Exhibit: April 11, 2012 - May 21, 2012
Opening Reception: Wednesday, April 11, 6pm-9pm
Kana Manglapus projects, in collaboration with Milk Gallery in NYC, is pleased to present "The People," by Hunter Barnes, his first exhibition in Los Angeles.
Hunter Barnes’ photo documentary of the Nii Mii Puu, a Native American Tribe, is the result of a four-year journey he began in 2005. The first photographer in over a century invited to document the tribe, Barnes gives us a rare glimpse into a world largely unseen and ignored.
Barnes was first introduced to Uncle Irving, a respected elder at the Tamkaliks Pow Wow, a celebration of traditional Native American Culture, in Wallowa Oregon. They soon developed a close kinship and Irving invited Barnes to meet the families that fill this body of work. Hunter spent extended periods of time at both the Lapwai Idaho and
Nespelam Washington Reserva5ons, witnessing a traditional Native American culture making the transition to the modern age.
"Seeing this transition firsthand compelled me to document a people moving between two worlds," he says.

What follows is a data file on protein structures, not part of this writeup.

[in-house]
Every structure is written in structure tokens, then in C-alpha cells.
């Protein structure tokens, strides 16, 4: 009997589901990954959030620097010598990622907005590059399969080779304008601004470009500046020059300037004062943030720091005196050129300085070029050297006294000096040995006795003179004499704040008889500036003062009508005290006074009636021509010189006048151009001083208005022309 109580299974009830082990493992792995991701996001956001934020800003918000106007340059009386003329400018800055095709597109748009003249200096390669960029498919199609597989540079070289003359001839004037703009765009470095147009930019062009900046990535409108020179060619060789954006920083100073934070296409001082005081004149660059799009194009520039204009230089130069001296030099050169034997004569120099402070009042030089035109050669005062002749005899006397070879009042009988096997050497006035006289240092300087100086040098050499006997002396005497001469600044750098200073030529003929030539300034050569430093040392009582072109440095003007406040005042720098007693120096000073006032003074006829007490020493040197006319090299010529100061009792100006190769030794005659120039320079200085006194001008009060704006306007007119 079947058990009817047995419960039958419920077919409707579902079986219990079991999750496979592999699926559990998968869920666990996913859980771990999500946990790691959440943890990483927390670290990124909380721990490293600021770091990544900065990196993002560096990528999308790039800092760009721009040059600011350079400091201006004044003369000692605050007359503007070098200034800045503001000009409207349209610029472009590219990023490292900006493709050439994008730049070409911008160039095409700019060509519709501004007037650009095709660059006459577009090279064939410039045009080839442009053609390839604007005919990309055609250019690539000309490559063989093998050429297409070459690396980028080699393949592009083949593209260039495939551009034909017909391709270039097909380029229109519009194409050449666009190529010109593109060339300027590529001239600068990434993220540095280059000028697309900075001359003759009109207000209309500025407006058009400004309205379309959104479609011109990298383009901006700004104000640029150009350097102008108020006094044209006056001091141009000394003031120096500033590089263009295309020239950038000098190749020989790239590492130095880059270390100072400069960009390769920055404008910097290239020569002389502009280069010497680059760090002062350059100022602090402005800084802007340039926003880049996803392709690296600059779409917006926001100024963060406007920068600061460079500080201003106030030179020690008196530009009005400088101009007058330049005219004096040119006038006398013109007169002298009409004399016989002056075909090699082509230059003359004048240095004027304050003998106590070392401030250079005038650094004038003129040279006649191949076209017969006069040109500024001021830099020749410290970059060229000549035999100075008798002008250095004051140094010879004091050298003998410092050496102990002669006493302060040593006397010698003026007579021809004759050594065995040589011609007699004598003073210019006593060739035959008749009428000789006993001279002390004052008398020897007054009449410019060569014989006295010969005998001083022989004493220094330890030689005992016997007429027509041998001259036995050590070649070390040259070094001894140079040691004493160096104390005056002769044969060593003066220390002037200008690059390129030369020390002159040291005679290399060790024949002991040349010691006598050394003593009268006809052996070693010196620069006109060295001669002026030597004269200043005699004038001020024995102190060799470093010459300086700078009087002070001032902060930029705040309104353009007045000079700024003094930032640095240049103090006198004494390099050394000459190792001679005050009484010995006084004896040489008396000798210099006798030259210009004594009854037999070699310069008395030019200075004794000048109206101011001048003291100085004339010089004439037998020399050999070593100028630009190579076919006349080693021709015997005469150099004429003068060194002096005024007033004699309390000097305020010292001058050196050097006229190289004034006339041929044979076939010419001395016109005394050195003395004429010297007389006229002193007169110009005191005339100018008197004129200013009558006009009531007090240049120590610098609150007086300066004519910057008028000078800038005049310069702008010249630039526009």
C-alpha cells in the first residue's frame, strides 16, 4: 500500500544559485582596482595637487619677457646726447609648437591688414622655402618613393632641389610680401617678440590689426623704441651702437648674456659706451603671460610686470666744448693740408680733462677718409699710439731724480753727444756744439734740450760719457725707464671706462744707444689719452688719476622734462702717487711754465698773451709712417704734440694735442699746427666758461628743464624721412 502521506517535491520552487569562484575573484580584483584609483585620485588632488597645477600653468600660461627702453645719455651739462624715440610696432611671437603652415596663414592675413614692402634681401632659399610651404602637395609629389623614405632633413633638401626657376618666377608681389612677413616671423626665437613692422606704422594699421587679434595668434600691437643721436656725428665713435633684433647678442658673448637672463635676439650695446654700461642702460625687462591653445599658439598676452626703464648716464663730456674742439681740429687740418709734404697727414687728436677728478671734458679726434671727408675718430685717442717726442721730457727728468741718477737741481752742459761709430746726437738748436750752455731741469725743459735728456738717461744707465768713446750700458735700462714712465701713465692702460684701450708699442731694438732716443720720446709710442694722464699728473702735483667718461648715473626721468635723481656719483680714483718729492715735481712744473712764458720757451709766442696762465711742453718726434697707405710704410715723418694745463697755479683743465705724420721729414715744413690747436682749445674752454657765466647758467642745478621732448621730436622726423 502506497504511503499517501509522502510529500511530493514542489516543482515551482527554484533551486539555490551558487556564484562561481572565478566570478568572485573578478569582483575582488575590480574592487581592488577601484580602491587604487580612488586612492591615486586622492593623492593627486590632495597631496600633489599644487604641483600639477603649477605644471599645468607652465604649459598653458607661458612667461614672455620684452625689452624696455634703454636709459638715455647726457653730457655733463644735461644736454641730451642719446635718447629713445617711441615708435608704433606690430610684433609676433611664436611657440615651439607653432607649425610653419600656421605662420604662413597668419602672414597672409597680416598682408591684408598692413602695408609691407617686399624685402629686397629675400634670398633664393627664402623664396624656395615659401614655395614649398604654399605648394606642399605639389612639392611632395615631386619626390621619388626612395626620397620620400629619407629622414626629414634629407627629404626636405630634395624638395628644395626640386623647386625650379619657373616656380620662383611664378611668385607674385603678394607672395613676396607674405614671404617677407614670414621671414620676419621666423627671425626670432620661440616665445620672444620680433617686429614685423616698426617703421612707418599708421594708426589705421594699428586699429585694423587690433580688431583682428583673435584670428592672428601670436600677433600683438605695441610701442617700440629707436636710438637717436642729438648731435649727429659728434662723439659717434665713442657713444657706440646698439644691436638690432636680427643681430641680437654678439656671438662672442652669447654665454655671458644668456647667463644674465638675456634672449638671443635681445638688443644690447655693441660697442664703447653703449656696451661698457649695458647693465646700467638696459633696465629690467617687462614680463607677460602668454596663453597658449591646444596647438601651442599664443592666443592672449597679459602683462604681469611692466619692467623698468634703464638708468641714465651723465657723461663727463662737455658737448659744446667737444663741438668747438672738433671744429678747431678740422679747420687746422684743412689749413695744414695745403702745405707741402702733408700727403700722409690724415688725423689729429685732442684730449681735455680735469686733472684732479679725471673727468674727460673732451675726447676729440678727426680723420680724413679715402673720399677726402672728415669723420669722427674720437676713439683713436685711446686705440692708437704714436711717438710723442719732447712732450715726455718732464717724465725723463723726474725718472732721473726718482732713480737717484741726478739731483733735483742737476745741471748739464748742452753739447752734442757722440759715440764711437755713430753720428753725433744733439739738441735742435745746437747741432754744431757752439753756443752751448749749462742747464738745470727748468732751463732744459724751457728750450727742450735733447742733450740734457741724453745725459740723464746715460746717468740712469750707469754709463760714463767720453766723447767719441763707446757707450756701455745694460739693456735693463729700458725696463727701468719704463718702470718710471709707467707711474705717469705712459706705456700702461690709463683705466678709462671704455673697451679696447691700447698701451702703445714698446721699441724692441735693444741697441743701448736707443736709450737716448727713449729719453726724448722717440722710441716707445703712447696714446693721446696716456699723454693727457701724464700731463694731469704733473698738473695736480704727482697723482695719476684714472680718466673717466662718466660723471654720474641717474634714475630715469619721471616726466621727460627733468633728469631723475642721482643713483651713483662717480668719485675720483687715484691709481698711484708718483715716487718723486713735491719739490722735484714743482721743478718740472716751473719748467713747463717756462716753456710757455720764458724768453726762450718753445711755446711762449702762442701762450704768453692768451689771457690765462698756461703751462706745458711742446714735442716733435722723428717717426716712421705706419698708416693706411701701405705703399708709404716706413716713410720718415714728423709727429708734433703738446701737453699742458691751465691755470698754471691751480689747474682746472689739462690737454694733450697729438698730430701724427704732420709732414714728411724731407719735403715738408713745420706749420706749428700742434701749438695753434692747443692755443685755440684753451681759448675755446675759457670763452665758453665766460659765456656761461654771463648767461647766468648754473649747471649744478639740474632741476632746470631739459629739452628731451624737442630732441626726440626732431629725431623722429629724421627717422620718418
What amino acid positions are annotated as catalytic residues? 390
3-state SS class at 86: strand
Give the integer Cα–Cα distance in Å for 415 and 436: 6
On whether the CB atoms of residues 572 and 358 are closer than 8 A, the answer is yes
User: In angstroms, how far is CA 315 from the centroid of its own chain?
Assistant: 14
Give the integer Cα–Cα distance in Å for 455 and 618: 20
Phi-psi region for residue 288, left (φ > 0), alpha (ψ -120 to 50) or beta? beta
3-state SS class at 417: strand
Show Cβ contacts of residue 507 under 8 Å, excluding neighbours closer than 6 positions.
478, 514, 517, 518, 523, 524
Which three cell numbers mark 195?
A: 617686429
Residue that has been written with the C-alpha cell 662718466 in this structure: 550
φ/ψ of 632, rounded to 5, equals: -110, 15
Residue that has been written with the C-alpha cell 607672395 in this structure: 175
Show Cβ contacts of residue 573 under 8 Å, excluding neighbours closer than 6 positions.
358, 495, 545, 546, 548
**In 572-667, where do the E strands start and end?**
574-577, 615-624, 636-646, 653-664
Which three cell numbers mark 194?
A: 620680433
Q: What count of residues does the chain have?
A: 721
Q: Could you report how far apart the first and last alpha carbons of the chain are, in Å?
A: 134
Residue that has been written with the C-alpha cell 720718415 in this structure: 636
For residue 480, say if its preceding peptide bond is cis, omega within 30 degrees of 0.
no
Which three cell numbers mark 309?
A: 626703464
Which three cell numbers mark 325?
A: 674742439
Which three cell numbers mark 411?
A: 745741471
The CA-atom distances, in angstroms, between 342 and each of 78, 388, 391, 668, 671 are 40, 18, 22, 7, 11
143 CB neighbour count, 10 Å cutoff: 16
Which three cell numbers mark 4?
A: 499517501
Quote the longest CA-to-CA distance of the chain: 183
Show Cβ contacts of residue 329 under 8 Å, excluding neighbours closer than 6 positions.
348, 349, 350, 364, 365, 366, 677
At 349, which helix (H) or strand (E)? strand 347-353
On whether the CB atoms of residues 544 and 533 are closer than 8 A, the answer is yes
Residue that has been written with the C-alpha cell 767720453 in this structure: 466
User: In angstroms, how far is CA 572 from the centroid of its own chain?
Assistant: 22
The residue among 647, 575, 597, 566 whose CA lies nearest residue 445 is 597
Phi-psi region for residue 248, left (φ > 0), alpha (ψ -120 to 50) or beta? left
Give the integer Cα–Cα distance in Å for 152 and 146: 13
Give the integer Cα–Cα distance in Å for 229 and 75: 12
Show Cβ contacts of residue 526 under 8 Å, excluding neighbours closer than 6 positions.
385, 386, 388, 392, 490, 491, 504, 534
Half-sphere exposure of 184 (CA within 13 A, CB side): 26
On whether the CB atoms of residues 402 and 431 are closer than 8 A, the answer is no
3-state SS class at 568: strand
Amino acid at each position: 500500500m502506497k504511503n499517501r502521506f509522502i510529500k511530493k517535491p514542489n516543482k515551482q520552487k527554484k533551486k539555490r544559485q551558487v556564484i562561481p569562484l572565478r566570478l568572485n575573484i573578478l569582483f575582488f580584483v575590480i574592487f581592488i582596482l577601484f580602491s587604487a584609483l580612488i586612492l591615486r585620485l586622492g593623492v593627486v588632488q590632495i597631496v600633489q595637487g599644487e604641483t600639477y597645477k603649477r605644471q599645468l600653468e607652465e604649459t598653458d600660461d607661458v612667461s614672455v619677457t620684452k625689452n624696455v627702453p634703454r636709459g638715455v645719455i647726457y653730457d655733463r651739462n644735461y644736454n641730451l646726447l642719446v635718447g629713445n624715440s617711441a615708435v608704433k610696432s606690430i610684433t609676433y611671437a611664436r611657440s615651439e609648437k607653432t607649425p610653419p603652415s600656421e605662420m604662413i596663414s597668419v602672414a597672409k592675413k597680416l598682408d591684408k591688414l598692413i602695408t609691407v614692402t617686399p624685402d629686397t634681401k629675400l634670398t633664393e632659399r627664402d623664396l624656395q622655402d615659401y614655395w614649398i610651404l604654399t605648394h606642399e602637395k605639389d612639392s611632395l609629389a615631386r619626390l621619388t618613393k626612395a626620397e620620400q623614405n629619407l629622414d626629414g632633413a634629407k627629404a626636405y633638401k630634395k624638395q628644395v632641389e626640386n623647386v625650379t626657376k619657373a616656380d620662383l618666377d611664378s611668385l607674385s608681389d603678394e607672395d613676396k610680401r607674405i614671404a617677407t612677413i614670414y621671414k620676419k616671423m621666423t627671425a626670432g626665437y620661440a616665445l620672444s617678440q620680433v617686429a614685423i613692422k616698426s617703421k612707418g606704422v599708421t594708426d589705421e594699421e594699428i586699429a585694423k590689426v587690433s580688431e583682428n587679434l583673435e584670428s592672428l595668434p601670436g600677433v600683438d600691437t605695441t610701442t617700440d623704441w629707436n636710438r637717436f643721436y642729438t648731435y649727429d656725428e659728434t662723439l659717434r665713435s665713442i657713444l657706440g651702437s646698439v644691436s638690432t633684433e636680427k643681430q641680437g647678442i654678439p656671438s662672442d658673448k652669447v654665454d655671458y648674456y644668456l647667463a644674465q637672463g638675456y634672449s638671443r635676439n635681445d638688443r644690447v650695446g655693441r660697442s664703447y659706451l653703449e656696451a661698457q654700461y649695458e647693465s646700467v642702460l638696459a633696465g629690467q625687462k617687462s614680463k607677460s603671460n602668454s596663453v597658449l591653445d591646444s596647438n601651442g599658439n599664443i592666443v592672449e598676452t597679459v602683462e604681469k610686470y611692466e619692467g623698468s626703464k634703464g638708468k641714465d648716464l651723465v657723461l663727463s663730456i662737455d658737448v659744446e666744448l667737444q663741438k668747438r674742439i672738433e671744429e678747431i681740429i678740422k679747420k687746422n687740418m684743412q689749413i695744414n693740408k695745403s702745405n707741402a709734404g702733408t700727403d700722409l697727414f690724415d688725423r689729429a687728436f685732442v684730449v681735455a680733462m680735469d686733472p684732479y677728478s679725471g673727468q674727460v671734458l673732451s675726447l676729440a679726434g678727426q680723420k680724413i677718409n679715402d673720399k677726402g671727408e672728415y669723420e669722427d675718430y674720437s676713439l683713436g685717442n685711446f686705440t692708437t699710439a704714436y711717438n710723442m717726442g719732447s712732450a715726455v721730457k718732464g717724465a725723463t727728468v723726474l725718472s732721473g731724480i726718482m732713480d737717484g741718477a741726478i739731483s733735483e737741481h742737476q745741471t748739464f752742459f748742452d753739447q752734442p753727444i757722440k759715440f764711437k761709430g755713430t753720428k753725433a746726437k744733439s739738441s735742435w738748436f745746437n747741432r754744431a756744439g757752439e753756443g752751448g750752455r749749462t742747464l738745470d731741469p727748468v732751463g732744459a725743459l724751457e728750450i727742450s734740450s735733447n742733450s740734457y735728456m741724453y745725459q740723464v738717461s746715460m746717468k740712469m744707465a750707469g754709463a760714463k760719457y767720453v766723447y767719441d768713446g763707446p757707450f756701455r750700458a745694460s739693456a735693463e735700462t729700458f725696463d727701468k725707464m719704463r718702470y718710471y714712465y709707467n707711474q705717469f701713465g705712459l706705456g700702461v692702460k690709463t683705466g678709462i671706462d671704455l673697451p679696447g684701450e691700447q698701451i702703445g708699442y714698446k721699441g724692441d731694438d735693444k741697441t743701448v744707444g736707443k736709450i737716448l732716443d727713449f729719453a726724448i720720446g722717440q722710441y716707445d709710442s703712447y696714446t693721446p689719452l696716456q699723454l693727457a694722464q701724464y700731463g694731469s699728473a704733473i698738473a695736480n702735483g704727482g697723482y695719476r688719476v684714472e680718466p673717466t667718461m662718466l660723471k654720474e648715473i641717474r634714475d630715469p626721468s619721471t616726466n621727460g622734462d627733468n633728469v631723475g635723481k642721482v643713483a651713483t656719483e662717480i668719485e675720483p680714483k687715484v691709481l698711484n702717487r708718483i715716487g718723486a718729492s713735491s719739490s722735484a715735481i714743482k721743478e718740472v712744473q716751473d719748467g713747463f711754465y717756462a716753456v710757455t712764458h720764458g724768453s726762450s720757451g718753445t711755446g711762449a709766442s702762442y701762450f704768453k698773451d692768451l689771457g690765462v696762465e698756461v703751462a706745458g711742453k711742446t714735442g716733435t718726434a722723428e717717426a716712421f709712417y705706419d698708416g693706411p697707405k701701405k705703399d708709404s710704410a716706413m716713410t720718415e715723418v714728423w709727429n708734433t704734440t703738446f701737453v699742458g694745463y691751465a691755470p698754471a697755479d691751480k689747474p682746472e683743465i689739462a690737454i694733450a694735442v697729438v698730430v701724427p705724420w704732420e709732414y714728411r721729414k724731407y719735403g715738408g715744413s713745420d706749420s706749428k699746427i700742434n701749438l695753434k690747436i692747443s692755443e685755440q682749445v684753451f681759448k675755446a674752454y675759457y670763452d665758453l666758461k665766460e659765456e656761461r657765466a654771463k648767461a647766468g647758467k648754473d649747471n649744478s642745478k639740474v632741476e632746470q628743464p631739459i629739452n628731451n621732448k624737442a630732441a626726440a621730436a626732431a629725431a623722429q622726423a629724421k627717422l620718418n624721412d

Hunter Barnes is a documentary photographer who focuses his artistic gaze on the faces of proud groups of people who are consistently misrepresented in the modern American narrative. Under the tutelage of Dr. R. Heist, he earned a Degree in Photography and Photochemistry. Distinguishing Himself from his photographer peers through the integrity of his process from concept to print, he shoots exclusively in Black and White Film and Polaroid 665 Negatives and prints his own images adhering to the archival darkroom methods of the generations of masters who preceded him. In his home and creative retreat, nestled in a valley in the natural reserves of Oregon, he produces silver gelatin, fiber-based limited edition masterpieces each year. His photographs flash us into moments and scenes most people will never get to experience first-hand during their lifetime. Barnes cherishes the friendships he builds with people who recognize his sincerity and allow him access to their private worlds. After establishing their trust over meaningful dialogue and shared experiences, he frames his subjects as they are and where they dwell.